Top 5 Television Episodes:
#5 Wagon Train, “The Bettina May Story”
While on a wagon train from the East Coast to California, matriarch Bettina May (Bettie Davis) faces mounting conflicts between her three adult children and must reevaluate her role and influence in their lives. Davis shows her powerful yet compassionate acting style as she navigates through the multiple dramas that emerge with her family throughout the episode.
#4 The Twilight Zone, “From Agnes with Love”
Lonely and lovesick computer technician James takes love advice from Agnes, an A.I. computer that becomes obsessed with him. Though this episode was made in 1964, it’s an unsettling reminder of how our growing dependency on technology like A.I. could potentially destroy our lives.
#3 The Banana Splits Adventure Hour
A Saturday morning variety show for children, The Banana Splits Adventure Hour stars a fictional live-action band of silly animal characters and featured Donner as the director for season 1. I loved watching this show when I was little–not because it made any sense but because it was so over-the-top and fun.
#2 Tales from the Crypt, “The Ventriloquist’s Dummy”
An amateur ventriloquist (Bob Goldthwait) pursues his recluse ventriloquist hero (Don Rickles) only to learn his dark secret. Rickles, a comedic icon, shows his darker side in this role while also keeping his beloved signature comedic style.
#1 The Twilight Zone, “Come Wander with Me”
Floyd (Gary Crosby), a fame-obsessed singer, searches deep in the American backwoods for new songs and meets the beautiful, yet mysterious country girl Mary Rachael (Bonnie Beecher). The song heard throughout the episode, “Come Wander with Me”, has to be the most haunting one in the series, adding to the eeriness and isolation of the episode.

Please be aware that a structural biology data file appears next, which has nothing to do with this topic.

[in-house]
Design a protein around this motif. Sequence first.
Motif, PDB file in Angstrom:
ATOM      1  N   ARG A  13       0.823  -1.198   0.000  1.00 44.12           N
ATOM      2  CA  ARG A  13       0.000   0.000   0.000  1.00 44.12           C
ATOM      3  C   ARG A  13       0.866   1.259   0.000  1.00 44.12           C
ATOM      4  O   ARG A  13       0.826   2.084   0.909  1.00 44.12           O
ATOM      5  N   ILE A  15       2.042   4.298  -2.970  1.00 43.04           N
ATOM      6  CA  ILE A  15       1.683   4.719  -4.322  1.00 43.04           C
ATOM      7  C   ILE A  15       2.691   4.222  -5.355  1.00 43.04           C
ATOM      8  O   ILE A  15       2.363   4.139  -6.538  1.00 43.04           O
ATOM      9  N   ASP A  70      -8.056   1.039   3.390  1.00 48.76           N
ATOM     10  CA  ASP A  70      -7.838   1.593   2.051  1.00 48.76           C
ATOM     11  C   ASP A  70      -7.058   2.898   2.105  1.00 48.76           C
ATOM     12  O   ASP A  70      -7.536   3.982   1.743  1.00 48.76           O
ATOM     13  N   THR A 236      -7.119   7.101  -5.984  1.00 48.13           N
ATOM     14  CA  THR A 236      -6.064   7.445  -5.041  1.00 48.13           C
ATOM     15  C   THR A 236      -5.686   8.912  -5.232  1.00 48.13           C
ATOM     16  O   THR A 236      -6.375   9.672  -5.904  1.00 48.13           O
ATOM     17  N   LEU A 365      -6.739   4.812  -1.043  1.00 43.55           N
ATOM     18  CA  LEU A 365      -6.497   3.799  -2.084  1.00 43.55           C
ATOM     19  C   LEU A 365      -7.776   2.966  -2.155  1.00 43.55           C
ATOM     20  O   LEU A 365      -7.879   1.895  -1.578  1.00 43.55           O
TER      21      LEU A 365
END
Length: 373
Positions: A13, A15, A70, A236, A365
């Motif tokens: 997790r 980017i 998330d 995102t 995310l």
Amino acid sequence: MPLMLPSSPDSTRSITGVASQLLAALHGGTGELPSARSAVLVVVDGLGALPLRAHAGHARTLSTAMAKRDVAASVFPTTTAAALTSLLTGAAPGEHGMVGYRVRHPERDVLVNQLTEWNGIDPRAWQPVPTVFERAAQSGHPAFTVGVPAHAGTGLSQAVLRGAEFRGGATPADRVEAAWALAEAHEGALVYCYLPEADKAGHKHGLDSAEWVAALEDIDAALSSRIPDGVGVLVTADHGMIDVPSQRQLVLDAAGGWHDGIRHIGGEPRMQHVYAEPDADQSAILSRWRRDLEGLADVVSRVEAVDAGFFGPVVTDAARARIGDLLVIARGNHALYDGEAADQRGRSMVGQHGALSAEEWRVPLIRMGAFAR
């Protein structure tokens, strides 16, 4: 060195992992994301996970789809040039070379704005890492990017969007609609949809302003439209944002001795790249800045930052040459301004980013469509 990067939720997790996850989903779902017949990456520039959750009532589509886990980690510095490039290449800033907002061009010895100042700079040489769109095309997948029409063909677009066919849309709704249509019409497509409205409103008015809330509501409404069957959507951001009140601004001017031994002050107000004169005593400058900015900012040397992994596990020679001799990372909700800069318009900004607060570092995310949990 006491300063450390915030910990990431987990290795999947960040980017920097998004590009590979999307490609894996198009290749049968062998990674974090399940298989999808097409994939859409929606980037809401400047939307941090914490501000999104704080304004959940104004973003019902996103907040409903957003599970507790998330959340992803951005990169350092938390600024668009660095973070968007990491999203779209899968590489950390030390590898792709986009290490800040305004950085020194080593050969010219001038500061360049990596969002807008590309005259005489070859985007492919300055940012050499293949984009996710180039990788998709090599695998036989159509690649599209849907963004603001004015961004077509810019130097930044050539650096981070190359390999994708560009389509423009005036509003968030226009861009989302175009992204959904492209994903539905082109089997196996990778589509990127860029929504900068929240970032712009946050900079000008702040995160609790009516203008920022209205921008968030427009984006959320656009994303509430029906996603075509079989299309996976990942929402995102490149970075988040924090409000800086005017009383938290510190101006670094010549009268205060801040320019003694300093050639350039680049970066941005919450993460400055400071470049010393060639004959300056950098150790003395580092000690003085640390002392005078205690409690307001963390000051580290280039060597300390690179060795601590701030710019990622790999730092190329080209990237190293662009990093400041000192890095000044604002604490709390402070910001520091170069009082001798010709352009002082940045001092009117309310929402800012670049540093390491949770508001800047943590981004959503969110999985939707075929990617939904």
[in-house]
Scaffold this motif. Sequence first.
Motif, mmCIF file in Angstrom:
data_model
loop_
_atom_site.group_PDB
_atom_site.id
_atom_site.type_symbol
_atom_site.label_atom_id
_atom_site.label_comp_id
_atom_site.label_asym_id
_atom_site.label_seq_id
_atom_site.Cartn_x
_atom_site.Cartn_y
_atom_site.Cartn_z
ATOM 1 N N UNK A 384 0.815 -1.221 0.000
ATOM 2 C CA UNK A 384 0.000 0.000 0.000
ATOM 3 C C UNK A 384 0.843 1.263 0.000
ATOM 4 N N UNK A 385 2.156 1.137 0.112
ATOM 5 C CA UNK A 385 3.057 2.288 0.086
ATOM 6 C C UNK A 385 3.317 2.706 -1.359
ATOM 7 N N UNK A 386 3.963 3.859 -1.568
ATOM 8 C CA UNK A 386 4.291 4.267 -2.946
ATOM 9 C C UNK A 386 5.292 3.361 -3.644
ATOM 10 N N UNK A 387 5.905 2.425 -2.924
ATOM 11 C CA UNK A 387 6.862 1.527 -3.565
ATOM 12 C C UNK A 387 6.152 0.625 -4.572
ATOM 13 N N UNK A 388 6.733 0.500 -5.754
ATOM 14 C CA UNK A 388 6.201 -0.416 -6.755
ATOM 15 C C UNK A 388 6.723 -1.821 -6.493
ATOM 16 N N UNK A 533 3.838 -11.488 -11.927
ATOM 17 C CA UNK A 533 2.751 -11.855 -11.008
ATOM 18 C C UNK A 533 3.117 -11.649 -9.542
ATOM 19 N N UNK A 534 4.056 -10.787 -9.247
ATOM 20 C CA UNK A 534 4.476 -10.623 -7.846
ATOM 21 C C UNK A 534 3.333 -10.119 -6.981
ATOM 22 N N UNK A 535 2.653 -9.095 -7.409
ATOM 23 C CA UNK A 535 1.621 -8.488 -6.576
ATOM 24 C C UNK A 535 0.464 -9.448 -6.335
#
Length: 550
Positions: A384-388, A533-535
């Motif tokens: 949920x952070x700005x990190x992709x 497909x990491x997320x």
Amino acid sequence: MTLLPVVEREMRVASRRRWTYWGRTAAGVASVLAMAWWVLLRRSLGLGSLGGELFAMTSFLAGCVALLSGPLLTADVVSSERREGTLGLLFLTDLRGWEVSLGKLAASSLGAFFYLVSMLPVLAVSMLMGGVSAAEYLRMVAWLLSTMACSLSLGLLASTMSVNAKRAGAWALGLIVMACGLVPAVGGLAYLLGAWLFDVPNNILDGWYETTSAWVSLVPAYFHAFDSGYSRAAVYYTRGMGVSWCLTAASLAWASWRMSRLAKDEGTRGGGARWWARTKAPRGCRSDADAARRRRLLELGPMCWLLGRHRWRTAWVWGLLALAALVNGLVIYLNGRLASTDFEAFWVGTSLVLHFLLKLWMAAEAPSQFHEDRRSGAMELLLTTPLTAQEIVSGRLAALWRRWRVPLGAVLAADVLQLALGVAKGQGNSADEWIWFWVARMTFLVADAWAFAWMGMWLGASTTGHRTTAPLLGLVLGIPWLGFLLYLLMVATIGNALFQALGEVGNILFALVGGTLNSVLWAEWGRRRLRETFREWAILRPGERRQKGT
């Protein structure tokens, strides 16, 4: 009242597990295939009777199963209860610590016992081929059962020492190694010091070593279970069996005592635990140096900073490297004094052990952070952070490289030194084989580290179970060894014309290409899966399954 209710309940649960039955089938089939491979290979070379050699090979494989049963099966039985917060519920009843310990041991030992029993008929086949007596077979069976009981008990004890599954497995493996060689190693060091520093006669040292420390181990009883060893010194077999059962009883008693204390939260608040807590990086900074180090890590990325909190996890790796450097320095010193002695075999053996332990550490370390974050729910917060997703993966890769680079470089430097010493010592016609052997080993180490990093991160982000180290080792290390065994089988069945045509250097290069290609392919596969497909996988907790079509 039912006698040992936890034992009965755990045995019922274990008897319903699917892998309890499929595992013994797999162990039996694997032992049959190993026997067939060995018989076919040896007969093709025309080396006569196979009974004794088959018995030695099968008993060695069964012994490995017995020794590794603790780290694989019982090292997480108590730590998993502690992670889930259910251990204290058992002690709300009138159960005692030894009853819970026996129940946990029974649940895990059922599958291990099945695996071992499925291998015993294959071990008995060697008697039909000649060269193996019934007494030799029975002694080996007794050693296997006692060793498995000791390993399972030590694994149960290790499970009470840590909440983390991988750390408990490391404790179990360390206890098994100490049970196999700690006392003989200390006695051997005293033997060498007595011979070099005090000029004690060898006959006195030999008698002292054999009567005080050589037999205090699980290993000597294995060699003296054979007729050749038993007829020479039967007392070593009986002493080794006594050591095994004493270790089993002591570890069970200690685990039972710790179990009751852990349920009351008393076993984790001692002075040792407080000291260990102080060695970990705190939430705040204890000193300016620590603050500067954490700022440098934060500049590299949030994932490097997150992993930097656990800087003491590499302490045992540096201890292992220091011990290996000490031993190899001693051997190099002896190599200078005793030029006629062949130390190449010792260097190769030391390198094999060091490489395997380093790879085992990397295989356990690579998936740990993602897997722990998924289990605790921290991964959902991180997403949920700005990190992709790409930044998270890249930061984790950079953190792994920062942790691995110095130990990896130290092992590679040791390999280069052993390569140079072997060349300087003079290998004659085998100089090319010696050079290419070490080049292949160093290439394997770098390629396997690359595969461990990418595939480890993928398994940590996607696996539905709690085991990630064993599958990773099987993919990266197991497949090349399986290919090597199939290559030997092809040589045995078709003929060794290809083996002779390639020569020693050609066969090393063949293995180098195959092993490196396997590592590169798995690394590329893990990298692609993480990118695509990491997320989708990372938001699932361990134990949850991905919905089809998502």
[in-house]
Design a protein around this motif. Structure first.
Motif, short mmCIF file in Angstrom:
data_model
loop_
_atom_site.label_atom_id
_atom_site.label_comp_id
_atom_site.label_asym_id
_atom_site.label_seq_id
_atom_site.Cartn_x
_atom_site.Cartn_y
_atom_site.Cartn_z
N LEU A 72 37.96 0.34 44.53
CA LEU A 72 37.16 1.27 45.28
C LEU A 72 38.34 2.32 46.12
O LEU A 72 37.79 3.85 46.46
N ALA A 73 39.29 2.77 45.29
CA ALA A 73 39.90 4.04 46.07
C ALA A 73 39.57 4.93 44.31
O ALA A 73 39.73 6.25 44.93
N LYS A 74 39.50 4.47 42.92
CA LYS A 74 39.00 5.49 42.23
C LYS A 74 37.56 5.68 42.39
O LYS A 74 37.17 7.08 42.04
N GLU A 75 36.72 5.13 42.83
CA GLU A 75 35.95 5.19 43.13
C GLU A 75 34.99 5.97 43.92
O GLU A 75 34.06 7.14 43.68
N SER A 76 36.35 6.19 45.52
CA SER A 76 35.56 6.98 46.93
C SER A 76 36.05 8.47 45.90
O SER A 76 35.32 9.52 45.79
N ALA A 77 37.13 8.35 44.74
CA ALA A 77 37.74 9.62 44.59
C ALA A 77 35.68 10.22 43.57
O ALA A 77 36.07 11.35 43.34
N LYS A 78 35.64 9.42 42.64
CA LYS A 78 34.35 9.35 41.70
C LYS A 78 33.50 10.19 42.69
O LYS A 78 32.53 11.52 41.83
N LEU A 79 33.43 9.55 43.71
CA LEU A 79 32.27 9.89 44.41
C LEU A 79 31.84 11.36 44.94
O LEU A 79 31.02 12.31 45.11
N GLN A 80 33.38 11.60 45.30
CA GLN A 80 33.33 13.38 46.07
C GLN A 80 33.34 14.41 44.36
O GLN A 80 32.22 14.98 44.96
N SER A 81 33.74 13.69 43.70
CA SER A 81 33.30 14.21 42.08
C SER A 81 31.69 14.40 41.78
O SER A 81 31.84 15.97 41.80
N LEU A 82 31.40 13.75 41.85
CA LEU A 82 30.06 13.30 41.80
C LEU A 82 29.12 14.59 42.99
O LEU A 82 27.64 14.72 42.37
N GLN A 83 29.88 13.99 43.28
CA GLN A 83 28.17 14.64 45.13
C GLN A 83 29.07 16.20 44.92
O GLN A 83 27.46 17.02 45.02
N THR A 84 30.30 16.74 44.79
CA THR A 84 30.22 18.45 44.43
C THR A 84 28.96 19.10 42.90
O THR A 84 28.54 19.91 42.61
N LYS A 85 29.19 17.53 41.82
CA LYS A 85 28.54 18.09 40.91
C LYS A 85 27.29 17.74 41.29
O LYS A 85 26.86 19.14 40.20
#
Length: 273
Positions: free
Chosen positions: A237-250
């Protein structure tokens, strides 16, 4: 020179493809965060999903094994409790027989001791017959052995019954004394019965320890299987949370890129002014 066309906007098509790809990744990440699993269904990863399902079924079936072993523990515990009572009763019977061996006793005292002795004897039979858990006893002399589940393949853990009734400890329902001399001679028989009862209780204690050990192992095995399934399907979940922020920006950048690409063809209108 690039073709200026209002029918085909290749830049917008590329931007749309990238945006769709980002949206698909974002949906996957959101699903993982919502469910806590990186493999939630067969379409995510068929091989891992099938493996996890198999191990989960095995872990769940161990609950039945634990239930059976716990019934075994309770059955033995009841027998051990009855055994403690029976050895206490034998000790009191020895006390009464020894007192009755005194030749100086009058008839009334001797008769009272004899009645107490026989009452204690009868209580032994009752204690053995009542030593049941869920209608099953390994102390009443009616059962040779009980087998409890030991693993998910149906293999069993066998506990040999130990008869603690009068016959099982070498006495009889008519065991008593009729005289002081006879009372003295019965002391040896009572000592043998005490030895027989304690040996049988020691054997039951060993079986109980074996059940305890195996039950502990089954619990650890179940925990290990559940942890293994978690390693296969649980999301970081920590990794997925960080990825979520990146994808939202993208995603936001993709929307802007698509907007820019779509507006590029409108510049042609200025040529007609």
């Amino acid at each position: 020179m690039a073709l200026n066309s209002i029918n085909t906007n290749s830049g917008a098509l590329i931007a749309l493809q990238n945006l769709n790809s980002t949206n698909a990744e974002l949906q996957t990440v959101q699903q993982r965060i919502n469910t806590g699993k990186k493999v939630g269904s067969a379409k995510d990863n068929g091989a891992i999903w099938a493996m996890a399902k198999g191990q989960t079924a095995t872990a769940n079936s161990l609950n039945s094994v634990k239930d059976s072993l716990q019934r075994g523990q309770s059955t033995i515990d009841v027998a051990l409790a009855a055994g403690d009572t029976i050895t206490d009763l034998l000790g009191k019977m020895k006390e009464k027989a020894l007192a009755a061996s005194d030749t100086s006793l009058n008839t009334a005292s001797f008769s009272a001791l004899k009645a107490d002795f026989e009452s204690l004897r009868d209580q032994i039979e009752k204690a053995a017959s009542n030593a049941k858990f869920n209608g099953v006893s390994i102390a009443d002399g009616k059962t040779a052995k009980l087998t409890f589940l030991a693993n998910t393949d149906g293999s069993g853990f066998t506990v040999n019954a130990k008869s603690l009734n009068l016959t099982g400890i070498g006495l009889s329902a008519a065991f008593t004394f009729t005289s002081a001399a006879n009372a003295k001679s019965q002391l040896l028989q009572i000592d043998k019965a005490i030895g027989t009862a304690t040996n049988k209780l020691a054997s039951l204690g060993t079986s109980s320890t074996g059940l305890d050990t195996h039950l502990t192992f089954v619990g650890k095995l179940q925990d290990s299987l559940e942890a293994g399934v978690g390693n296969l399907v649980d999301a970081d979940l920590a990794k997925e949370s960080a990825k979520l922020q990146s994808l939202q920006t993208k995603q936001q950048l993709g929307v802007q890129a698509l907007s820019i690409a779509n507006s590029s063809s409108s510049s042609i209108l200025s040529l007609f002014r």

Top 5 Films:
#5 Lethal Weapon
Roger (Danny Glover) and Martin (Mel Gibson), two extremely opposite cops, must work together to capture a drug-smuggling gang. It is a fun take on the classic buddy comedy trope, filled with action and memorable lines from Glover.
#4 Superman: The Movie
Raised on Earth, alien orphan Clark Kent (Christopher Reeve) uses his powers for good to protect the earth as America’s most beloved American superhero, Superman. Reeve is my favorite Superman because he is as strong as he is compassionate and caring.
#3 The Omen
Robert (Gregory Peck), an American diplomat to England, follows the paper trail of his adopted son Damien, as a series of tragic deaths and strange events following his family, leading to the horrific discovery of who Damien really is. Though not a very violent movie, the fear of how easy it is for evil to hide in plain sight, is the driving force of the film. The older I get, the more impactful the idea of hidden true evil feels.
A 1980’s metropolitan New York interpretation of the classic Charles Dickens tale A Christmas Carol, Scrooged focuses on Frank (Bill Murray), a successful but heartless television producer. He’s visited by three ghosts to help him re-evaluate his actions and change his ways. This uniquely dark and humorously SNL-influenced story takes on a timeless classic tale, making it one of my essential films to watch each Christmas.